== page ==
Elon Musk: Twitter is less safe due to new owner’s management style says Yoel



Washington
CNN Business
 — 

Twitter owner Elon Musk’s dictatorial management style risks driving the company headlong into unforced business blunders, content moderation disasters and the degradation of core platform features that help keep vulnerable users safe, according to a former top Twitter official who led the company’s content moderation before abruptly resigning this month.

The social media company’s botched rollout of a paid verification feature “is an example of a disaster that slipped through” amid the chaos Musk brought to Twitter, and the prospect of further disasters made it impossible to stay, said Yoel Roth, the company’s former head of site integrity, during an onstage interview with the journalist Kara Swisher Tuesday in his first public appearance since quitting Twitter on Nov. 10.

Roth and other colleagues tried to warn Musk of the “obvious” problems in his plan to offer a verified check mark to any user who paid $8 a month. But Musk charged ahead anyway through sheer force of will, leading to a wave of new impostor accounts posing as major brands, athletes and other verified users that soon forced Twitter to suspend the feature.

“It went off the rails in exactly the ways that we anticipated,” Roth said.

The public reflections of a senior Twitter leader who had close contact with Musk in the raw, early days of his ownership of the company — a period marked by internal tumult and a damaging advertiser revolt — provide the latest evidence of a billionaire CEO who leads by his gut at the expense of virtually everyone else.

There was no explosive confrontation with Musk that led to Roth’s resignation, and the episode involving Twitter’s paid verification feature was only one of many factors that drove Roth’s decision to leave, he said. But the experience exemplified the kind of damage Musk’s freewheeling approach can do, Roth added, likening his final weeks at the company to standing before a leaky dam, trying desperately to plug the holes but knowing that eventually something would get past him.

In the hour-long interview, Roth warned Musk’s laissez-faire approach to content moderation, and his lack of a transparent process for making and enforcing platform policies, has made Twitter less safe, in part because there aren’t enough staff remaining who understand that malicious actors are constantly trying to game the system in ways that automated algorithms don’t know how to catch.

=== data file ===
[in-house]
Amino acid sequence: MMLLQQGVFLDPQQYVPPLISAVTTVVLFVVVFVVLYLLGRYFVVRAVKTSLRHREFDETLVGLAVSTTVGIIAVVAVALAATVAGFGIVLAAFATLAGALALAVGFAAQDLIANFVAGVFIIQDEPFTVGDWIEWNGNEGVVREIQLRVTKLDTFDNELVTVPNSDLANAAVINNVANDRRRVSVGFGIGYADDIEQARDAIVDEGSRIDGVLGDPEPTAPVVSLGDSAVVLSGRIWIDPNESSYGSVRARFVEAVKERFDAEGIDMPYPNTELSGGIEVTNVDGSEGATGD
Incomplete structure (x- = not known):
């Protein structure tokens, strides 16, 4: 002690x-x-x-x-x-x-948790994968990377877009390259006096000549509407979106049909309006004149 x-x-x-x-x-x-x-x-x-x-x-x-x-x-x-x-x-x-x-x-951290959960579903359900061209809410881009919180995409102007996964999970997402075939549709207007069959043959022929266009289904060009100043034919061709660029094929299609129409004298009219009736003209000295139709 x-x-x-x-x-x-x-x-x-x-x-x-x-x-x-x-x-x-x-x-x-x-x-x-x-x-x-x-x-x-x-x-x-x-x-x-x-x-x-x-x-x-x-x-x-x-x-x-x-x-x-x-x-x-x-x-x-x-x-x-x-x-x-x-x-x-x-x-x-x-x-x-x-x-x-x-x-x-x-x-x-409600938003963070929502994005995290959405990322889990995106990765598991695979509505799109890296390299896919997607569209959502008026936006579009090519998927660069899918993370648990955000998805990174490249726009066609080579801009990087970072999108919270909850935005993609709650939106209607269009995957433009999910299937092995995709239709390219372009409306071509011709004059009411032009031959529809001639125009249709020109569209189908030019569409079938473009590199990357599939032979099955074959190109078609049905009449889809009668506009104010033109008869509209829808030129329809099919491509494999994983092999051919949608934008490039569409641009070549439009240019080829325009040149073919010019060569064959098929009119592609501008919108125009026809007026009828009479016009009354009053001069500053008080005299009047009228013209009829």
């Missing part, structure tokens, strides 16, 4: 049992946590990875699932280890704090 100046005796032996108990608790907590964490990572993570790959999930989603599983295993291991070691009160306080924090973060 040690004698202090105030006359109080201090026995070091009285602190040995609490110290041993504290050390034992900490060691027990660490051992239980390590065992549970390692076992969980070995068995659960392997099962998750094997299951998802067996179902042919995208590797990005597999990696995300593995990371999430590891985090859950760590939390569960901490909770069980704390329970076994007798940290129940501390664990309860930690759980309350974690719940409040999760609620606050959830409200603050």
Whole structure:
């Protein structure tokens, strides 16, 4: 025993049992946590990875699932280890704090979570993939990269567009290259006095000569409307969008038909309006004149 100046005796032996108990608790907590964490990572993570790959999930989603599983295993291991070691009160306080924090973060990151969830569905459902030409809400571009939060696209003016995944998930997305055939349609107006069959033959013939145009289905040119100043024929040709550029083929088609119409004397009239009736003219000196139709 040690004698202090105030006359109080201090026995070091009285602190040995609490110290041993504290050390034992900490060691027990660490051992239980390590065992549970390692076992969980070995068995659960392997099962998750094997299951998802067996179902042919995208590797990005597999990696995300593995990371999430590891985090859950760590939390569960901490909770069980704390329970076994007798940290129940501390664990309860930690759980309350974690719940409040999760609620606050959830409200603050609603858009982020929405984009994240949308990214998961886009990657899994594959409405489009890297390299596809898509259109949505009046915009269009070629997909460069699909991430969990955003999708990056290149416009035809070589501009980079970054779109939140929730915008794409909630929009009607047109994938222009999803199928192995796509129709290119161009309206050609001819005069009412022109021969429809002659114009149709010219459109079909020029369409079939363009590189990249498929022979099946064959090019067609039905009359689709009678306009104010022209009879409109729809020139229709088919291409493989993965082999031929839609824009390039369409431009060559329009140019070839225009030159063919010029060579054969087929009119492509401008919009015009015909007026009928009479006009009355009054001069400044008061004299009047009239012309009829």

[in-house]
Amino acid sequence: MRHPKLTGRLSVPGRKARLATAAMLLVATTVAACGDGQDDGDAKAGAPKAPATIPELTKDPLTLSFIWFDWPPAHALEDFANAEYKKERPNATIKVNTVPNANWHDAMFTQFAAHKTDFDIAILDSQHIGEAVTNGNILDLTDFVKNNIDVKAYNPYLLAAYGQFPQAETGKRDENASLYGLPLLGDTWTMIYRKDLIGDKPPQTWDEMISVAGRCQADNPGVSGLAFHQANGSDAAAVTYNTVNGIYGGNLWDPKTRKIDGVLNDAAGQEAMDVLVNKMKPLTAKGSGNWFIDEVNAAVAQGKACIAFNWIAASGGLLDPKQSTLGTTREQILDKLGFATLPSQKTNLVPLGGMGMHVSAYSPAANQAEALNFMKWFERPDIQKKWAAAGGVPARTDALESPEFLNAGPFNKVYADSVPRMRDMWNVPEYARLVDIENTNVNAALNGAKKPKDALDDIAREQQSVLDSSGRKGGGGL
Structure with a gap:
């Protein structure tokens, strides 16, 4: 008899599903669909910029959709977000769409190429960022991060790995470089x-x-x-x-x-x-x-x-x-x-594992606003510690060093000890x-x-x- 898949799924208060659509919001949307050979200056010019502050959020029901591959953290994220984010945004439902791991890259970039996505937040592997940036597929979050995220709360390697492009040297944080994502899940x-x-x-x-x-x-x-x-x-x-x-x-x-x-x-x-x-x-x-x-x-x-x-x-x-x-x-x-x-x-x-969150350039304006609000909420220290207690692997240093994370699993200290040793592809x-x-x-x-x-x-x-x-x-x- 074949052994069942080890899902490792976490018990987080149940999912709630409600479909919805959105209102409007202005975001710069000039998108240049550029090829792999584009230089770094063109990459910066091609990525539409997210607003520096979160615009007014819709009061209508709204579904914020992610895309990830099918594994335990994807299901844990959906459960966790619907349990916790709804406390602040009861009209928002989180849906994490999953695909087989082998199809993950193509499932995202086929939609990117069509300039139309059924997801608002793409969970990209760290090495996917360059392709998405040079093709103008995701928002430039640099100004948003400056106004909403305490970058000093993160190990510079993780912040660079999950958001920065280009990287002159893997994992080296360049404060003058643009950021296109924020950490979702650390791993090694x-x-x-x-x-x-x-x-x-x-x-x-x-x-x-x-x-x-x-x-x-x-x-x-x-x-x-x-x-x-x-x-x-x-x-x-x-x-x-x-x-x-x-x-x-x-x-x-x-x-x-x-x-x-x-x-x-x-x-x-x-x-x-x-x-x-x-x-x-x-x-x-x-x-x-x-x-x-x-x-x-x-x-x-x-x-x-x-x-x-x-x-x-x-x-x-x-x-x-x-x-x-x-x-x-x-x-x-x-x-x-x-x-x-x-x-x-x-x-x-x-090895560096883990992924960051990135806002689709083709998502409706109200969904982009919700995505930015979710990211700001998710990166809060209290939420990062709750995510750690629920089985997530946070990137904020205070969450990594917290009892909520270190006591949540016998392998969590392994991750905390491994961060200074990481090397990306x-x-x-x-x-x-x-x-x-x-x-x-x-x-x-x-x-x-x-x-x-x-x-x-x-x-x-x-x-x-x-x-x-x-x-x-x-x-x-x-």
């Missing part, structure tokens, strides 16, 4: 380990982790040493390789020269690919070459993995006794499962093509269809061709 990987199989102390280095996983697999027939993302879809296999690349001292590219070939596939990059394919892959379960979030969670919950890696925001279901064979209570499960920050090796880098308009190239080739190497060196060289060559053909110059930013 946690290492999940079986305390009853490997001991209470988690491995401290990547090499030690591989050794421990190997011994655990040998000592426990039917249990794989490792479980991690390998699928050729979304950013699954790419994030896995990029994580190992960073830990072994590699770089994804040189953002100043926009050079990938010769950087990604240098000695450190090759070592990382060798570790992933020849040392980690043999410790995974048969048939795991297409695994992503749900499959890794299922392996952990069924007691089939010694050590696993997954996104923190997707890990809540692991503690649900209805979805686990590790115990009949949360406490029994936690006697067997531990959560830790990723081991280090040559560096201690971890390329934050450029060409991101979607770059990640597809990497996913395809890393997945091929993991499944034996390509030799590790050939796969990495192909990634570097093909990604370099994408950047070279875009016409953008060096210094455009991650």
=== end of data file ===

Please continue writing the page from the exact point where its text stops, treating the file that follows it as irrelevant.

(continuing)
“People are not sitting still,” he said. “They are actively devising new ways to be horrible on the internet.”

He urged Twitter users to monitor the functioning of key safety features such as muting, blocking and protected tweets as early warning signs the platform may be breaking down.

“If protected tweets stop working, run,” he said.

For two weeks after Musk closed his purchase of Twitter, Roth presented himself as a voice of stability and calm at the center of a company undergoing dramatic change. Roth knew that by remaining at the company, Musk was using him to help keep advertisers from abandoning the platform. But Roth also suggested that he and others who did not leave Twitter may have been able to influence Musk and keep him from making damaging unilateral decisions, which he had “multiple opportunities” to do.

Even as he spent his initial days in the new regime battling a “surge in hateful conduct on Twitter” apparently meant to test Musk’s tolerance for racism and antisemitism on the platform, Roth sought to reassure the public that Twitter’s trust and safety work continued unhindered.

He shared data on the platform’s ongoing enforcement efforts, and downplayed the impact of Twitter’s mass layoffs on its content moderation team, saying the job cuts were less severe in that department compared to the wider organization.

As late as Nov. 9, Roth spoke alongside Musk during a public Twitter Spaces event intended to persuade advertisers not to flee the platform. In the hour-long session, which was attended by more than 100,000 listeners, including representatives of Adidas, Chevron and other major brands, Roth waxed optimistic about Twitter’s plans to fight hate speech.

The very next day, Roth abruptly resigned, joining a slew of other senior executives including Twitter’s chief privacy officer and chief information security officer.

In a subsequent New York Times op-ed, Roth said his reason for leaving came down to Musk’s highly personal and…



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